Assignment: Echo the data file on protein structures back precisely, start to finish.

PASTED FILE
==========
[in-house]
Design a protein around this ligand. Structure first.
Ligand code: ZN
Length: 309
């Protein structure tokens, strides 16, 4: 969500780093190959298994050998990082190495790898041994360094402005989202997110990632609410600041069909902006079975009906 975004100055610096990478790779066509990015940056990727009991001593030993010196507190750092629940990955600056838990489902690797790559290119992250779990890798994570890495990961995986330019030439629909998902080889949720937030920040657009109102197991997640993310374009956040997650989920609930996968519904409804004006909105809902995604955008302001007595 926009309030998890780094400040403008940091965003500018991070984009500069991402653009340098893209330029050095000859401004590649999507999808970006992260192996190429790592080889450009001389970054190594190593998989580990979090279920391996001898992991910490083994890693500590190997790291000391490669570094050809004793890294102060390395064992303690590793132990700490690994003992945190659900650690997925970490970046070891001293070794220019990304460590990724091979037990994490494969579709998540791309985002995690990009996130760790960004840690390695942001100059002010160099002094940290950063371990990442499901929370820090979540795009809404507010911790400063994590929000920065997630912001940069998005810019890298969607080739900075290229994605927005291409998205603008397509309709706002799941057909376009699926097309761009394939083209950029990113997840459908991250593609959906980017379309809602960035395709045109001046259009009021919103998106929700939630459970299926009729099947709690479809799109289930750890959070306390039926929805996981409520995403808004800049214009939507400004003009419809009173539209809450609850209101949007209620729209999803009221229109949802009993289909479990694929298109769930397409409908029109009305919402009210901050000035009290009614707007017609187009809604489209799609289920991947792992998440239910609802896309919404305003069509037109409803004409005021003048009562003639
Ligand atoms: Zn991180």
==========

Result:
[in-house]
Design a protein around this ligand. Structure first.
Ligand code: ZN
Length: 309
């Protein structure tokens, strides 16, 4: 969500780093190959298994050998990082190495790898041994360094402005989202997110990632609410600041069909902006079975009906 975004100055610096990478790779066509990015940056990727009991001593030993010196507190750092629940990955600056838990489902690797790559290119992250779990890798994570890495990961995986330019030439629909998902080889949720937030920040657009109102197991997640993310374009956040997650989920609930996968519904409804004006909105809902995604955008302001007595 926009309030998890780094400040403008940091965003500018991070984009500069991402653009340098893209330029050095000859401004590649999507999808970006992260192996190429790592080889450009001389970054190594190593998989580990979090279920391996001898992991910490083994890693500590190997790291000391490669570094050809004793890294102060390395064992303690590793132990700490690994003992945190659900650690997925970490970046070891001293070794220019990304460590990724091979037990994490494969579709998540791309985002995690990009996130760790960004840690390695942001100059002010160099002094940290950063371990990442499901929370820090979540795009809404507010911790400063994590929000920065997630912001940069998005810019890298969607080739900075290229994605927005291409998205603008397509309709706002799941057909376009699926097309761009394939083209950029990113997840459908991250593609959906980017379309809602960035395709045109001046259009009021919103998106929700939630459970299926009729099947709690479809799109289930750890959070306390039926929805996981409520995403808004800049214009939507400004003009419809009173539209809450609850209101949007209620729209999803009221229109949802009993289909479990694929298109769930397409409908029109009305919402009210901050000035009290009614707007017609187009809604489209799609289920991947792992998440239910609802896309919404305003069509037109409803004409005021003048009562003639
Ligand atoms: Zn991180």